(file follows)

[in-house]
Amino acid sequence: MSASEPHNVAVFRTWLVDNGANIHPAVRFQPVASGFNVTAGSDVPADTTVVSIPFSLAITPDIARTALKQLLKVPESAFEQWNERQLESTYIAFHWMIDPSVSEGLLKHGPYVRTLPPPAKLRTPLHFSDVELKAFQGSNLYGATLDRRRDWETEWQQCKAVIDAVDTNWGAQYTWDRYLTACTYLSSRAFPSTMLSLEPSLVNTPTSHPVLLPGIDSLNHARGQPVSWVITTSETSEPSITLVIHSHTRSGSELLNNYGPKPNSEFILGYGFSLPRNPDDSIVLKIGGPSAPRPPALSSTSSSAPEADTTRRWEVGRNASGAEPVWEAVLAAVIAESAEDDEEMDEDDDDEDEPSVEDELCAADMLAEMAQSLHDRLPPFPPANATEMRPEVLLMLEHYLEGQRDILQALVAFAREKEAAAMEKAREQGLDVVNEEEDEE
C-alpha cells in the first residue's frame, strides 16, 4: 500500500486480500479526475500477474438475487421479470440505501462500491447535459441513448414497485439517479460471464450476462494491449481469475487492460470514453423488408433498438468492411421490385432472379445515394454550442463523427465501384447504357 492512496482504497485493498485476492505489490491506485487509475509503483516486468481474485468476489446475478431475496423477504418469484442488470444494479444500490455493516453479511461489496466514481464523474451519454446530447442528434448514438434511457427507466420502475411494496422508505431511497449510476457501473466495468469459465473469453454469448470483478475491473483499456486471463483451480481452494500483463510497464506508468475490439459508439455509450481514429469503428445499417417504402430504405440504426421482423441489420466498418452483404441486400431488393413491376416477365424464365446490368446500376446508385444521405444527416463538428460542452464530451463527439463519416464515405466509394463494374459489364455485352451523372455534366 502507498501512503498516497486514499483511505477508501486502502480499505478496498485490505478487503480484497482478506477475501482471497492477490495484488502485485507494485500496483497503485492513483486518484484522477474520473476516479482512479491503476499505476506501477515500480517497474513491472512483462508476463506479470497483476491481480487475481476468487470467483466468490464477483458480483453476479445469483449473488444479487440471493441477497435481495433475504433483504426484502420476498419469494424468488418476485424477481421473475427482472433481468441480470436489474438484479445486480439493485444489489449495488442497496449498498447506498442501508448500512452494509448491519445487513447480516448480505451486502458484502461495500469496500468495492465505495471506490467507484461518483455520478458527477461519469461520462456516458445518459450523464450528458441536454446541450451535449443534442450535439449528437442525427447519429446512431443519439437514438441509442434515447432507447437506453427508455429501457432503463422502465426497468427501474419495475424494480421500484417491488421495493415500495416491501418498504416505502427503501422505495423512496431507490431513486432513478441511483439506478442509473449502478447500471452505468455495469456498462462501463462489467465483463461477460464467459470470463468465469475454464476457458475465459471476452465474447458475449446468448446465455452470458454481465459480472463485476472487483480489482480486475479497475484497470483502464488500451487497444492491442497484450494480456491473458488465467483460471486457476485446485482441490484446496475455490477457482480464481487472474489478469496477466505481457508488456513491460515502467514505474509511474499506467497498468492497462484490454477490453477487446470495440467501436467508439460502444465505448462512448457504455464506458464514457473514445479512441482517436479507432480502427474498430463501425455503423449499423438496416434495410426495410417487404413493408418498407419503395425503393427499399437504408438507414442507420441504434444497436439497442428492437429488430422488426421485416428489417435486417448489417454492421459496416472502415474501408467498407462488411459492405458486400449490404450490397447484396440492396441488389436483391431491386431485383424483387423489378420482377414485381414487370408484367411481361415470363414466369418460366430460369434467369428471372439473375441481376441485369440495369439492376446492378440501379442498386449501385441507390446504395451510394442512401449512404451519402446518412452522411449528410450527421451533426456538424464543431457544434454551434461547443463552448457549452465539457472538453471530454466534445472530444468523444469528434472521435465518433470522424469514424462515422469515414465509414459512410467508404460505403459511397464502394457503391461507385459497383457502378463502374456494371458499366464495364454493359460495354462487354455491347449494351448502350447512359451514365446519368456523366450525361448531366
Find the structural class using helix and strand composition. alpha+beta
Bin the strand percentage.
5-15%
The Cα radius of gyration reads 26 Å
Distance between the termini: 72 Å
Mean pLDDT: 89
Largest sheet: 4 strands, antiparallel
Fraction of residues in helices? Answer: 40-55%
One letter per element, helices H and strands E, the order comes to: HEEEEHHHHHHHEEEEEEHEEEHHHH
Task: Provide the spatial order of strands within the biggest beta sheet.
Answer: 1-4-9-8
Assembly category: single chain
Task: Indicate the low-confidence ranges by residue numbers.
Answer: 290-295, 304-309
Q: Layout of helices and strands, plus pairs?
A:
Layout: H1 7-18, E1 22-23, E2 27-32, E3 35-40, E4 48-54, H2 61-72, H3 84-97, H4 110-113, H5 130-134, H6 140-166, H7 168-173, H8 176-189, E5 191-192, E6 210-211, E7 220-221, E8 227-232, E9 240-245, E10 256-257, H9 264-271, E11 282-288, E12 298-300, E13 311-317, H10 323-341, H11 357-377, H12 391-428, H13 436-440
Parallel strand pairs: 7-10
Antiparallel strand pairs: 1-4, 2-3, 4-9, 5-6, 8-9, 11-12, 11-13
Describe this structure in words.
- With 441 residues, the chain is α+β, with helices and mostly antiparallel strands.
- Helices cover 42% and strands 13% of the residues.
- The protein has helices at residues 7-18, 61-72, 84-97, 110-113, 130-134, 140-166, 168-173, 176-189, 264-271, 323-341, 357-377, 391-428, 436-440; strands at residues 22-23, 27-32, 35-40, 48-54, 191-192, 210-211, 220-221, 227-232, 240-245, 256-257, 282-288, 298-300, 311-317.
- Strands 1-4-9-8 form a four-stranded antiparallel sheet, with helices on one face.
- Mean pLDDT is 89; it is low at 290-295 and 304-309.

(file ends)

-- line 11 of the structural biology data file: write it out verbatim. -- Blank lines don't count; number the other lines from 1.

Fraction of residues in helices? Answer: 40-55%